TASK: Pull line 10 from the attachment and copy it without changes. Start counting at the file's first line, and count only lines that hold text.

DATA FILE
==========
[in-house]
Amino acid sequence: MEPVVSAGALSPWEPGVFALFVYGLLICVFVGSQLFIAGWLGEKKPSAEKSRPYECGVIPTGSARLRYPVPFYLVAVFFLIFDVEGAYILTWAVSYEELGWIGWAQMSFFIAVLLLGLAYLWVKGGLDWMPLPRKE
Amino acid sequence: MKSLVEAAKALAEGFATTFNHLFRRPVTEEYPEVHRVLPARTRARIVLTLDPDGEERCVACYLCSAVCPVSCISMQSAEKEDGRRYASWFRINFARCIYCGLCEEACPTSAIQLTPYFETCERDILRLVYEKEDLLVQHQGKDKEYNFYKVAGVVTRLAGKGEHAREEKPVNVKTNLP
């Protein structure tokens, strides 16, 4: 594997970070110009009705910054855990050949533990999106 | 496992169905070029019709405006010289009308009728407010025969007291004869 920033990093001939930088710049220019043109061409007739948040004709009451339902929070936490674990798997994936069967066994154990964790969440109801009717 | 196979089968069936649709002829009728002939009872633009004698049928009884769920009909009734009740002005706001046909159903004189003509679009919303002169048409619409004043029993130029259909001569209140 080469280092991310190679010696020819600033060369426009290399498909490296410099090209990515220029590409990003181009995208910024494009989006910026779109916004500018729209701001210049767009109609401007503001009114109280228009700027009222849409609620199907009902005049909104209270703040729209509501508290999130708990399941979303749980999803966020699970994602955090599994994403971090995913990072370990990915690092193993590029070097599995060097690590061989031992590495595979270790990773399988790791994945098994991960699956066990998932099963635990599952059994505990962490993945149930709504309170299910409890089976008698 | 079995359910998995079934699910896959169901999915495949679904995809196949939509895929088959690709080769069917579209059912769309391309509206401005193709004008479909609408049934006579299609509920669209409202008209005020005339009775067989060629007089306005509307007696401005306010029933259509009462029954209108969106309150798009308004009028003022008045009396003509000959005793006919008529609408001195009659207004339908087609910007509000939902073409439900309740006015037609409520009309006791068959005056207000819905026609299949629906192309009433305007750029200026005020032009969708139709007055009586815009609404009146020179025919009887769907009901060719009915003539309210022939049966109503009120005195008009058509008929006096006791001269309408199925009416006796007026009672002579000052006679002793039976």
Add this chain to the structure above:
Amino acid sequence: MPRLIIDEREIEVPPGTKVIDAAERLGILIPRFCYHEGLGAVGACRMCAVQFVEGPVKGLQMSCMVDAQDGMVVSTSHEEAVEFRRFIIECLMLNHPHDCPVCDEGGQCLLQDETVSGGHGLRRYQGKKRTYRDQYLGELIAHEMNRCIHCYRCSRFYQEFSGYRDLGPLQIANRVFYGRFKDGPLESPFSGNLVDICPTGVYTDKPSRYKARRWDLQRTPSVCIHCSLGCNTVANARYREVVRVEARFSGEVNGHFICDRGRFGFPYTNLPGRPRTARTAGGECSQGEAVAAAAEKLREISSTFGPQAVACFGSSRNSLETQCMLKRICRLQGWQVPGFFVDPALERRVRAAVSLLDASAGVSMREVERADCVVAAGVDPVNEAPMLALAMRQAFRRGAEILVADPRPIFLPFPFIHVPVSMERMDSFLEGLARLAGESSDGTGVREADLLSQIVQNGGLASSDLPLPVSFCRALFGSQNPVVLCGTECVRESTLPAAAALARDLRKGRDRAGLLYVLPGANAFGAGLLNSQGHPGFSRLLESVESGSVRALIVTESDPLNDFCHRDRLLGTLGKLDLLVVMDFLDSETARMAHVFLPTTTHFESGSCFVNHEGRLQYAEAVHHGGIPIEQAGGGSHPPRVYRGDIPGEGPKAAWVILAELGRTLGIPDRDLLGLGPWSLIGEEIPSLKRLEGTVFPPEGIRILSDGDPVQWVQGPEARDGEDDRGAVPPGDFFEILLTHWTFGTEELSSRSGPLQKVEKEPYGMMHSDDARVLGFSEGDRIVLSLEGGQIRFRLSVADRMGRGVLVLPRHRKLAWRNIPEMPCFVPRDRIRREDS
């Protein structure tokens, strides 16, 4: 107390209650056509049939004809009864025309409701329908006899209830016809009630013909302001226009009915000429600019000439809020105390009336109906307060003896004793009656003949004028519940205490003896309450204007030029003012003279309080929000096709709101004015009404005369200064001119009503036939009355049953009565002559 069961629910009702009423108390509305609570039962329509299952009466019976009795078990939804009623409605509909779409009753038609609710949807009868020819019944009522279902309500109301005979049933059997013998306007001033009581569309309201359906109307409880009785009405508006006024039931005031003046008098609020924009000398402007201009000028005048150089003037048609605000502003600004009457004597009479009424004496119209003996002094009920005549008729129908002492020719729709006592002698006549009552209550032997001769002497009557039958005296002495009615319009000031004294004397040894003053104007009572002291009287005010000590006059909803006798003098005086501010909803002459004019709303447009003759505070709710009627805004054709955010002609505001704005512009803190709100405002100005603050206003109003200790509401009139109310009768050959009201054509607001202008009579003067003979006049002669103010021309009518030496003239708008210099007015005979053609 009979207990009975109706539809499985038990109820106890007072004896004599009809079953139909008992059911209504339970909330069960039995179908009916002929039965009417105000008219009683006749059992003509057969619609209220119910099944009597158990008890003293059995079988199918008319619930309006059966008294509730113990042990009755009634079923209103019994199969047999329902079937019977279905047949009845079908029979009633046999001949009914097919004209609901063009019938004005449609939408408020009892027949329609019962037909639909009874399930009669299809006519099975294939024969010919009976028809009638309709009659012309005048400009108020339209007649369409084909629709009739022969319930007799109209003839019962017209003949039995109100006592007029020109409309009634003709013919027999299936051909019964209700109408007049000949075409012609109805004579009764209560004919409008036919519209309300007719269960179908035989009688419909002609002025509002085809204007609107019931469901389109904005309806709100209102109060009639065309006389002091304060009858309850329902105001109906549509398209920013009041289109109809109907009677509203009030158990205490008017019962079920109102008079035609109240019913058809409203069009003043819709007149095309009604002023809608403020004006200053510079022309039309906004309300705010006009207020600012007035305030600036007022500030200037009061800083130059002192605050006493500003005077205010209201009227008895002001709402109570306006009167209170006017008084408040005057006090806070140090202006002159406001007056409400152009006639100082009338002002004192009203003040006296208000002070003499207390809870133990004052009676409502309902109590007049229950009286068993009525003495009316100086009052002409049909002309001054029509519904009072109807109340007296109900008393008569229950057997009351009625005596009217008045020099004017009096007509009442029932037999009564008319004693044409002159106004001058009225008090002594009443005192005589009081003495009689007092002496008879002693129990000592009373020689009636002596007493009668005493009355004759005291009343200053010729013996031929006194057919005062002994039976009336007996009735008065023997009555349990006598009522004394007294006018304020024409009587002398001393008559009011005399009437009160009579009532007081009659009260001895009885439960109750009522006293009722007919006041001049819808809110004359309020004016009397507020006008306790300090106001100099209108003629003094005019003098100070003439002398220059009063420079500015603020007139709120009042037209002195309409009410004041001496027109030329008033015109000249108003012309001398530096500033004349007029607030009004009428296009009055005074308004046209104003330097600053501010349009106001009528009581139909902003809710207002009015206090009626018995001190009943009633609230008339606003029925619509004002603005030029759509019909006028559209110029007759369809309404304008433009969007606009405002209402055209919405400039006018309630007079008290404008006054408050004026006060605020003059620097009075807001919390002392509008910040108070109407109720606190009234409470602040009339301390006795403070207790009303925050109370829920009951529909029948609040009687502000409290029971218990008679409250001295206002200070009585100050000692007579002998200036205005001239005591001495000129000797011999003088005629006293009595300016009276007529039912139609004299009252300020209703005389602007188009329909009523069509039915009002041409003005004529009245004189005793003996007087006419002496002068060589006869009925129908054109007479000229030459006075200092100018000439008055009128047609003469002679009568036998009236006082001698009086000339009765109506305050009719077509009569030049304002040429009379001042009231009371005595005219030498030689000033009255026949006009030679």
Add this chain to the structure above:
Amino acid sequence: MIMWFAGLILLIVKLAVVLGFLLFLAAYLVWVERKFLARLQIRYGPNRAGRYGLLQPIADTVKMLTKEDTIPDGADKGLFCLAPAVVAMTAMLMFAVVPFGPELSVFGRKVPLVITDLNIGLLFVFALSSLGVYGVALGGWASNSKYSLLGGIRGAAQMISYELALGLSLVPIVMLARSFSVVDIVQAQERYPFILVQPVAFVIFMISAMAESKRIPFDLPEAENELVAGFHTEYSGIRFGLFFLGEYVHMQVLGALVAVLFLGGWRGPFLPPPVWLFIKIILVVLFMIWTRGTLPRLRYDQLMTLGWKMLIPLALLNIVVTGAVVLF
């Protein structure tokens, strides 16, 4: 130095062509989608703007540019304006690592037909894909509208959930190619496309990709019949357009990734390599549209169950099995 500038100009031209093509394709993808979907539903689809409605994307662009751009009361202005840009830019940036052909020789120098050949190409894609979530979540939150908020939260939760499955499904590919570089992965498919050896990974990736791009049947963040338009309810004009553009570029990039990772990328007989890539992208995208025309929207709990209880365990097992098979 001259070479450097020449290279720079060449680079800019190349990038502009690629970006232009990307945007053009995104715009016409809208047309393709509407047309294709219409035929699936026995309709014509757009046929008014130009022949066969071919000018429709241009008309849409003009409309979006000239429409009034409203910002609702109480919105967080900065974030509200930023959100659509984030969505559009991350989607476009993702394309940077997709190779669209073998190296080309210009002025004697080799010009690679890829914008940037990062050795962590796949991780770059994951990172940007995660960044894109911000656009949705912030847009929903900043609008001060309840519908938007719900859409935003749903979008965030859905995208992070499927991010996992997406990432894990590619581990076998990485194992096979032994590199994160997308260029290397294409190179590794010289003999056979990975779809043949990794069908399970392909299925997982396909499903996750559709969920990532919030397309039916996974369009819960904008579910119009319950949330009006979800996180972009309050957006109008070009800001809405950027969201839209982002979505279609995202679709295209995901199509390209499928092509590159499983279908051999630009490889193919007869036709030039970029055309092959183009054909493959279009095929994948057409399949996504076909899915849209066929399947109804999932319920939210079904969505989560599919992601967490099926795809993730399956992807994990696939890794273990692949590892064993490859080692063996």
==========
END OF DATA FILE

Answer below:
């Protein structure tokens, strides 16, 4: 130095062509989608703007540019304006690592037909894909509208959930190619496309990709019949357009990734390599549209169950099995 500038100009031209093509394709993808979907539903689809409605994307662009751009009361202005840009830019940036052909020789120098050949190409894609979530979540939150908020939260939760499955499904590919570089992965498919050896990974990736791009049947963040338009309810004009553009570029990039990772990328007989890539992208995208025309929207709990209880365990097992098979 001259070479450097020449290279720079060449680079800019190349990038502009690629970006232009990307945007053009995104715009016409809208047309393709509407047309294709219409035929699936026995309709014509757009046929008014130009022949066969071919000018429709241009008309849409003009409309979006000239429409009034409203910002609702109480919105967080900065974030509200930023959100659509984030969505559009991350989607476009993702394309940077997709190779669209073998190296080309210009002025004697080799010009690679890829914008940037990062050795962590796949991780770059994951990172940007995660960044894109911000656009949705912030847009929903900043609008001060309840519908938007719900859409935003749903979008965030859905995208992070499927991010996992997406990432894990590619581990076998990485194992096979032994590199994160997308260029290397294409190179590794010289003999056979990975779809043949990794069908399970392909299925997982396909499903996750559709969920990532919030397309039916996974369009819960904008579910119009319950949330009006979800996180972009309050957006109008070009800001809405950027969201839209982002979505279609995202679709295209995901199509390209499928092509590159499983279908051999630009490889193919007869036709030039970029055309092959183009054909493959279009095929994948057409399949996504076909899915849209066929399947109804999932319920939210079904969505989560599919992601967490099926795809993730399956992807994990696939890794273990692949590892064993490859080692063996």